Nikkor AF-S 85mm f/3.5G VR DX Micro: For the Masses?
Until recently, users of Nikon’s entry-level DSLRs have had very few choices while selecting a macro lens. Shridhar Kunte checks whether the Nikkor AF-S 85mm f/3.5G VR DX Micro is a good option.
For those who have an entry-level Nikon DSLR, the search for a macro lens can be a diffi cult decision. Cameras like the D3100 and D5100 do not have an autofocus motor and hence, cannot use AF with third-party macro lenses of Tamron and Tokina. Consequently, a number of these users have ended up buying far more expensive macro lenses that are meant for full frame cameras.
Nikon has tried to address this problem with the introduction of the Nikkor AF-S 85mm f/3.5G VR DX Micro, the company’s fi rst macro lens with an inbuilt motor that is optimised for cropped sensor bodies.
Due to a crop factor of 1.5x, the 85mm f/3.5 lens gives a field of view equivalent to 127.5mm (in 35mm terms). For shooting at 1:1 magnification, you have quite a good working distance from the front element of the lens. This distance is useful when you want to light the subject using a flash, as it ensures that your own shadow does not fall on the subject you are shooting.
The optical elements have a special coating and this is supposed to improve light transmission and offer superior colour consistency and improved fl are control. The focusing action takes place by moving the internal lens elements, which keeps the overall length of the lens constant throughout its entire focusing range. This is useful while shooting subjects that are very close to the lens.
This lens also incorporates the proprietary Nikon VR II stabilisation technology, which gives photographers the ability to shoot at shutterspeeds up to four stops slower than would otherwise be possible. However, while shooting macro images, you should not depend on VR as it is not very effective at close working distances.
I used this macro lens on the mid-level D7000 and also on the small-sized D40x. The lens balances very well on both these cameras. The good thing about using a DX-optimised lens is the fact that it is much lighter and smaller than full frame lenses of the same type. First impressions make it seem as if this is a budget macro lens, especially because of the lens’ build and construction. The front element does not rotate while focusing, making it quite easy to use accessories like a Circular Polariser or a ring flash.
The focus ring is quite wide and ideal for using manual focus. It offers just enough resistance, which is required to fine tune the focus. An angle of rotation of around 70° takes you through the entire focusing range. I was looking for a focus limiter switch on the lens, but it is absent. This is a vital feature that most macro lenses have. It allows you to decide whether the subject that needs to be focused on, is close to the lens or at a far-off distance. Since this lens does not have this feature, the lens tends to hunt for focus in some situations.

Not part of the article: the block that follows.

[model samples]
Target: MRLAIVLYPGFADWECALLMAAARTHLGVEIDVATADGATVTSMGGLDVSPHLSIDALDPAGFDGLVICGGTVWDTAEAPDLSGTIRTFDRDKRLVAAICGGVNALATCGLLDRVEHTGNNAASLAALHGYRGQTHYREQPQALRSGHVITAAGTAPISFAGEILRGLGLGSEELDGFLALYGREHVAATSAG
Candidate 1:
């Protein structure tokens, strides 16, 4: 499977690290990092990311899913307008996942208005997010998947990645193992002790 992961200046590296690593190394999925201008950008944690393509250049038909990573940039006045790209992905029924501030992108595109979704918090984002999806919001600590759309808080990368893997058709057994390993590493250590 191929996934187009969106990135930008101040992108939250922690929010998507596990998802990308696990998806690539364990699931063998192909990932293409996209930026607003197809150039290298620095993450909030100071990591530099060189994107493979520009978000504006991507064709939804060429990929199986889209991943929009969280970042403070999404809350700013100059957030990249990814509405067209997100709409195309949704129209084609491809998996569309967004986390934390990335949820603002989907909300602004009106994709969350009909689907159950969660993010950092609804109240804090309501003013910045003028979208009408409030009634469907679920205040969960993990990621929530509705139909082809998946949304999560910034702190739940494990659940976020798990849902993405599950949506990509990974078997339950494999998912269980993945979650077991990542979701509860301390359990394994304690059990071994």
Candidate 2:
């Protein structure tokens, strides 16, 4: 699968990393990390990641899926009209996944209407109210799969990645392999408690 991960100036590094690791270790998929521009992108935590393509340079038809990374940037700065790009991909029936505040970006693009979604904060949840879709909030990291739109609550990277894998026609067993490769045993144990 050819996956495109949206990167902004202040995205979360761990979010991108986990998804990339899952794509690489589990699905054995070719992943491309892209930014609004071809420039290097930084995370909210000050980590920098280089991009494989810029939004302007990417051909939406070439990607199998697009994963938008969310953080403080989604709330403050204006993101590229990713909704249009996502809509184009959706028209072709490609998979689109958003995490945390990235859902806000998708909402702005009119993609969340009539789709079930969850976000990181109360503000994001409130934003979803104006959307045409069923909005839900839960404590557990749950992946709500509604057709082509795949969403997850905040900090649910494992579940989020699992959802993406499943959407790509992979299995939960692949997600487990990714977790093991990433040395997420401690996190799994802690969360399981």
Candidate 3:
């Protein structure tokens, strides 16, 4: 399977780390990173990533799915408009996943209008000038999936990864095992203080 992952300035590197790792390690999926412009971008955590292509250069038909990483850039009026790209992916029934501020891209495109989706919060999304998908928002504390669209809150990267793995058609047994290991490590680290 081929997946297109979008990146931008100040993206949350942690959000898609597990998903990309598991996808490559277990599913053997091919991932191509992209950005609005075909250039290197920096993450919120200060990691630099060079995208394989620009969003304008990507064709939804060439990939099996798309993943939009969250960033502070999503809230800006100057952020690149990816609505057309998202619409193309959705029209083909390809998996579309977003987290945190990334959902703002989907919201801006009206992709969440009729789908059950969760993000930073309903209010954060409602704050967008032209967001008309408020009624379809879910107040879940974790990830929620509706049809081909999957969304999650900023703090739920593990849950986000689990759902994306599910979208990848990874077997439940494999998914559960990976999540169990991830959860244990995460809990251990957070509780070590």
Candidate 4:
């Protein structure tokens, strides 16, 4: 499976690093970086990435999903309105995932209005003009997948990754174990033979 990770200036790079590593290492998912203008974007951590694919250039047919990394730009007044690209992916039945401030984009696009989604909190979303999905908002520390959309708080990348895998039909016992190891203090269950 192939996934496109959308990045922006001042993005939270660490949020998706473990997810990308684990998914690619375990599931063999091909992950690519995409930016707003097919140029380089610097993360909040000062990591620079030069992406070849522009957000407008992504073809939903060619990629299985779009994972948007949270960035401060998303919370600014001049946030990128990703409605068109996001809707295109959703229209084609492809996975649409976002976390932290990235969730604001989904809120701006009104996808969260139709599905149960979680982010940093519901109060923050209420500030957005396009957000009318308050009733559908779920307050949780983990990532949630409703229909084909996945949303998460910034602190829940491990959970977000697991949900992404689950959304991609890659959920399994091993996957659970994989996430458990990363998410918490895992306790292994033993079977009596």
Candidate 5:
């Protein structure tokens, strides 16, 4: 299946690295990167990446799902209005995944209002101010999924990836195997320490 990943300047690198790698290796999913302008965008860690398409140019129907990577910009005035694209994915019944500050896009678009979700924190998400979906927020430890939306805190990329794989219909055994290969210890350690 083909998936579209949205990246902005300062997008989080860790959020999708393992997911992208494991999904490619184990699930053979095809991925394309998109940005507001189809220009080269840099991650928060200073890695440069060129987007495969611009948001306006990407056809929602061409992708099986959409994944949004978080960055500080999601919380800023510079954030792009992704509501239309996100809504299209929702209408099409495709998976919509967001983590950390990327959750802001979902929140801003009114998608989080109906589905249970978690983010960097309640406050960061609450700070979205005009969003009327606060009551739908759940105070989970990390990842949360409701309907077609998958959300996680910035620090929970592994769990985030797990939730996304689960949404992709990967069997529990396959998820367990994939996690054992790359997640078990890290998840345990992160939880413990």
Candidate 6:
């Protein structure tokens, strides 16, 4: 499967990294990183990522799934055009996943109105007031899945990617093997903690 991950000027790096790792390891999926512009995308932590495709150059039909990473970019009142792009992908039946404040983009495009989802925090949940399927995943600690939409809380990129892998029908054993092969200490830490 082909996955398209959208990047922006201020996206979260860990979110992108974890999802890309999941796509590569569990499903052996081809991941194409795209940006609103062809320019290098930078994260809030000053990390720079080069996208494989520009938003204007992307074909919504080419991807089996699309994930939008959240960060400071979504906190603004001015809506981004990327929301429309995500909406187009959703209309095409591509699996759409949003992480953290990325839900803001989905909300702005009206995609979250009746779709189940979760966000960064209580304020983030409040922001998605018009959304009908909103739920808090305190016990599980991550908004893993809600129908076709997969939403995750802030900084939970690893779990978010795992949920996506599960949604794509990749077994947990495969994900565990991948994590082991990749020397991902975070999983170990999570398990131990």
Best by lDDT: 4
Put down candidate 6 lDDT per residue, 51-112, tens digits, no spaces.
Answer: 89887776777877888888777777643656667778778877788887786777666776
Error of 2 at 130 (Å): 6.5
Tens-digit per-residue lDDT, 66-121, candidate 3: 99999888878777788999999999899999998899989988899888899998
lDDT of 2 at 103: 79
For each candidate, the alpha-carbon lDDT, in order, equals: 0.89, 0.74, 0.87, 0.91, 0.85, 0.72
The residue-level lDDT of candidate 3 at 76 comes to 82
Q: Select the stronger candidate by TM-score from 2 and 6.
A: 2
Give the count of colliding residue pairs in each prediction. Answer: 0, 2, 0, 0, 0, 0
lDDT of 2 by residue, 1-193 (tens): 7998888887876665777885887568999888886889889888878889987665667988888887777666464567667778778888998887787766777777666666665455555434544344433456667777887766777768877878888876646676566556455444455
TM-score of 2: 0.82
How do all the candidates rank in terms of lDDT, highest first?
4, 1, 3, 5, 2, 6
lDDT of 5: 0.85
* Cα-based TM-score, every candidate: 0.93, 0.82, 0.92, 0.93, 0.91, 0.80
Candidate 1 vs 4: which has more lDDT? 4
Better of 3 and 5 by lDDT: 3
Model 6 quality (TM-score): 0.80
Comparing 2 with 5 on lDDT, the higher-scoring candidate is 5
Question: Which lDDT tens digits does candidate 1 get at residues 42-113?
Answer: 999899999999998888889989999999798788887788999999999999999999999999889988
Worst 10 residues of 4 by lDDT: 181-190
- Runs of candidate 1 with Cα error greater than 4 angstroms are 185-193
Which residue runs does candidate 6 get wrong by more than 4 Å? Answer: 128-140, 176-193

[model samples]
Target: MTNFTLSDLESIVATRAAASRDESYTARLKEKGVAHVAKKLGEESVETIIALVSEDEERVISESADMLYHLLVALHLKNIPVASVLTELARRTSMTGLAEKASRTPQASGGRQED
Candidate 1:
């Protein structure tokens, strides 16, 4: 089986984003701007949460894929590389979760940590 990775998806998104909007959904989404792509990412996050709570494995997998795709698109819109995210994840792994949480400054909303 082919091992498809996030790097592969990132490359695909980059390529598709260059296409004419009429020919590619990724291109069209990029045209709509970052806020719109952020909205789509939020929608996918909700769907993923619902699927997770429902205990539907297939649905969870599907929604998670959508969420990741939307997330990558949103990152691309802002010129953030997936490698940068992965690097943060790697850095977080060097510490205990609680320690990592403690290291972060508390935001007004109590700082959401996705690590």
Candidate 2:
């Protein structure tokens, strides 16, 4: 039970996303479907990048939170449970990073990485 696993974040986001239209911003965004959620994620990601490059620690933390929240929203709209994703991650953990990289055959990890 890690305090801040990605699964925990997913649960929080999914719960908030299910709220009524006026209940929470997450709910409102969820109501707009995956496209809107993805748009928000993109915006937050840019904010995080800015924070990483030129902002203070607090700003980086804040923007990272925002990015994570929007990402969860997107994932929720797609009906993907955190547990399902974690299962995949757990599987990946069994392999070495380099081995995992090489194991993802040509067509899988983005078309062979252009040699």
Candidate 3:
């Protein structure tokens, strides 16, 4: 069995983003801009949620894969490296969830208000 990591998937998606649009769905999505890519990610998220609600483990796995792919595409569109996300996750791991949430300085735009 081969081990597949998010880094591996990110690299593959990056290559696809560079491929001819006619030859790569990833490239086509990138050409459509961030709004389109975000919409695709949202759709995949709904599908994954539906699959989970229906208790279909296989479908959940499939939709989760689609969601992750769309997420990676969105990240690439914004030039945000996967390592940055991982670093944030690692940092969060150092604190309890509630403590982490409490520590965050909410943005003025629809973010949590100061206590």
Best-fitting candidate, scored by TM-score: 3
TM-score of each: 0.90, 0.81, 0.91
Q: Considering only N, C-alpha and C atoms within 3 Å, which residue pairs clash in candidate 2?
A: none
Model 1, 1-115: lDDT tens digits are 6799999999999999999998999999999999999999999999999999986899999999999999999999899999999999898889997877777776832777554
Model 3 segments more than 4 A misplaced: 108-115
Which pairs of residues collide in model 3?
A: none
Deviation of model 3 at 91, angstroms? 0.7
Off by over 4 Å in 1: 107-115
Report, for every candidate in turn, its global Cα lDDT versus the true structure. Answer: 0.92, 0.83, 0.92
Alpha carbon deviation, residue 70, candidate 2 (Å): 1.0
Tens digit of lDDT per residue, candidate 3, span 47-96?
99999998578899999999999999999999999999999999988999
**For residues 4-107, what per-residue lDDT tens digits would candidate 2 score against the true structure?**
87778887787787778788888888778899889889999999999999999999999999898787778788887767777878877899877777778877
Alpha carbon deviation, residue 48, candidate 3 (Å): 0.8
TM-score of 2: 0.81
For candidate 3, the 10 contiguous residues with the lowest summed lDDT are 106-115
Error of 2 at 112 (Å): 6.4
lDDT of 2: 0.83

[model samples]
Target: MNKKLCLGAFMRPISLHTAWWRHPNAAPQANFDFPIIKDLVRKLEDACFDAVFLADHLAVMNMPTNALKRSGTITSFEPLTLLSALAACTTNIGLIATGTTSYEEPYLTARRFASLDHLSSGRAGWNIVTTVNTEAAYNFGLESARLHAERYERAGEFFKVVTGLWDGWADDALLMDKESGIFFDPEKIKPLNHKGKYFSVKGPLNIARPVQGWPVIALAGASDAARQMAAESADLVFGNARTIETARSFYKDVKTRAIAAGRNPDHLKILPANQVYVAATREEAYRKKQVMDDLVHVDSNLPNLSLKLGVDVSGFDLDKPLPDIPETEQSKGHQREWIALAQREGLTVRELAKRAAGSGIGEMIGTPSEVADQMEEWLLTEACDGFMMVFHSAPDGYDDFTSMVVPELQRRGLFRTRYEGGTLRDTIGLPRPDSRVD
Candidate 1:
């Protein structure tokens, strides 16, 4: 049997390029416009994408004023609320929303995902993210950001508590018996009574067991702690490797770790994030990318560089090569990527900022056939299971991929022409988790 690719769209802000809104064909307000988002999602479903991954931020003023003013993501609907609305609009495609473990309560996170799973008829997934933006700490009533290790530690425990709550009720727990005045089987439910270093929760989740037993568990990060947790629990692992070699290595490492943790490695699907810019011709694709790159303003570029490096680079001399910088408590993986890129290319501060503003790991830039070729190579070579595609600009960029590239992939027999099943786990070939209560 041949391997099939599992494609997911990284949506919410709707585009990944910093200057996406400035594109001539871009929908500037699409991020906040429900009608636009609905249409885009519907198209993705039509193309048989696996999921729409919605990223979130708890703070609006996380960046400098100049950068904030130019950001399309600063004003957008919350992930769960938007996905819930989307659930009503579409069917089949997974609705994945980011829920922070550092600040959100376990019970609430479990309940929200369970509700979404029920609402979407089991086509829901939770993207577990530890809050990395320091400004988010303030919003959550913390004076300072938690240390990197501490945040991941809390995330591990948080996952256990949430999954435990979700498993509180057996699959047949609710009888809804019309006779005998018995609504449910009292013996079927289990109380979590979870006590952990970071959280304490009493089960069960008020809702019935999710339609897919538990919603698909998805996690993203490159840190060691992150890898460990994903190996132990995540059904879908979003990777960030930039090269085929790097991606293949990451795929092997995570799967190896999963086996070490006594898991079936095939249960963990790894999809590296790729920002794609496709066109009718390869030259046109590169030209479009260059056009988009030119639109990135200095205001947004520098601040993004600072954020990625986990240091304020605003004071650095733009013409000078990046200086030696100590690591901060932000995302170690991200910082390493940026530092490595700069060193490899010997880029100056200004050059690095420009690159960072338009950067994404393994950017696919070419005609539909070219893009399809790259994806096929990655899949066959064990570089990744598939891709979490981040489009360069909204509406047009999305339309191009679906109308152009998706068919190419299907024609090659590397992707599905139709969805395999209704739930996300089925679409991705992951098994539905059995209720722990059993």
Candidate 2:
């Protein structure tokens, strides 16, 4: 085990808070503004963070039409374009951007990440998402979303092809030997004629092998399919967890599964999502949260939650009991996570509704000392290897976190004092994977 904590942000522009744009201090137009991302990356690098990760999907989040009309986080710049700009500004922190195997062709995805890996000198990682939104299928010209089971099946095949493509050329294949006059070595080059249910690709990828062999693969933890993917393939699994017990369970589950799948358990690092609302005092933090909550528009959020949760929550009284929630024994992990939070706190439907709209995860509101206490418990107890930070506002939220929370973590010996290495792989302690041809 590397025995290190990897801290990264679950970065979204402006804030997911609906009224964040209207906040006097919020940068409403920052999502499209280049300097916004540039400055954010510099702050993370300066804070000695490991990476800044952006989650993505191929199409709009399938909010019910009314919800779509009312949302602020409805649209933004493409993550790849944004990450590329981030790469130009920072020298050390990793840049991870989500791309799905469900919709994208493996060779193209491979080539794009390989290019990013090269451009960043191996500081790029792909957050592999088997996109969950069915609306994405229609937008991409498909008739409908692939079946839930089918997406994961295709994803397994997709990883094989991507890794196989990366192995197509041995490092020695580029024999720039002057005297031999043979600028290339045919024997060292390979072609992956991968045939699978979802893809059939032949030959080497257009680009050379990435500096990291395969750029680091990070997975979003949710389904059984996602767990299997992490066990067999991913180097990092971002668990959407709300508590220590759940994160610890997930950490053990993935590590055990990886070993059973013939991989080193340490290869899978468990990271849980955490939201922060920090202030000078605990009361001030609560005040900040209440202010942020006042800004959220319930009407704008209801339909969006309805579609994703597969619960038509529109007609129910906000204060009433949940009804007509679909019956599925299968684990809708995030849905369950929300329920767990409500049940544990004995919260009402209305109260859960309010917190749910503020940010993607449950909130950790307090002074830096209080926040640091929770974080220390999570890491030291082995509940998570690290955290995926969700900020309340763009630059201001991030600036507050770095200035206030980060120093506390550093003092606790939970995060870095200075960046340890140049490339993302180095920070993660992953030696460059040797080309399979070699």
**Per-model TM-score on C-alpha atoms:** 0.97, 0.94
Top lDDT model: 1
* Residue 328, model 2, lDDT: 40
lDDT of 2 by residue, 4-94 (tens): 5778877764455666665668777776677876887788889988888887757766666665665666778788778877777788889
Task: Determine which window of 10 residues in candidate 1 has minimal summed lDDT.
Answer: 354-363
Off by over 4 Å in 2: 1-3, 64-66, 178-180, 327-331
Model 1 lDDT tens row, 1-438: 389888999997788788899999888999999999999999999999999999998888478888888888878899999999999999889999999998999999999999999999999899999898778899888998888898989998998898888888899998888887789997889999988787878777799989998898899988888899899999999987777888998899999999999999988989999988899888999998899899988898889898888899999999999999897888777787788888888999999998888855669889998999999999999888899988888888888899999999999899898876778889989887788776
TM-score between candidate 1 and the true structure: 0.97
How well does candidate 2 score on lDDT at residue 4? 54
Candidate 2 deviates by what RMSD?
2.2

The focusing and magnification scale is cramped in a single small window. However, there is neither a depth-of-field scale, nor is there an infrared focus index.
The focusing speed is fairly quick and the AF operation is very quiet indeed, due to the use of the Silent Wave Motor technology. This is a big plus while shooting macro photos in nature.
Distortion and chromatic aberrations are very well controlled. I was a little worried to see quite a bit of light fall-off, when shooting at f/3.5, but this improves when you stop down the aperture to f/5.6 or f/8.
However, the main test of a macro lens is how sharp it is and how much detail it can resolve. The Nikkor 85mm f/3.5 lens is not outstanding, but it fares reasonably well.
The sweet spot of the lens falls somewhere around f/13, but the centre sharpness is excellent from f/16 to the widest aperture. The edge sharpness suffers at wide open but this is expected. However, considering that the third-party lenses of Tamron and Tokina cost a lot less and are sharper, this macro lens left me a little disappointed.
As compared to the company’s full frame macro lenses, the 85mm f/3.5 seem to have an attractive price tag of Rs. 35,190. The effective focal length also means that it can double up as a portrait lens too, even though at f/3.5 it is optically slow.
However, for serious macro photography, it is always recommended to slow down the process—use a tripod, focus manually and get the sharpness and depth perfectly right. So if you are a D3100/D5100 user, we will advise you to sacrifice autofocus and buy the Tamron 90mm f/2.8 or the Tokina 100mm f/2.8 lenses.
Both these lenses may not have stabilisation and will not be able to use AF on Nikon’s entry-level bodies, but they are far more economical, and sharper.
VR, Silent wave AF motor, not a very fastaperture
Excellent bokeh, sharpness not as good as competition
Full time manual focus override
Warranty & Support
Value For Money: 2/5 stars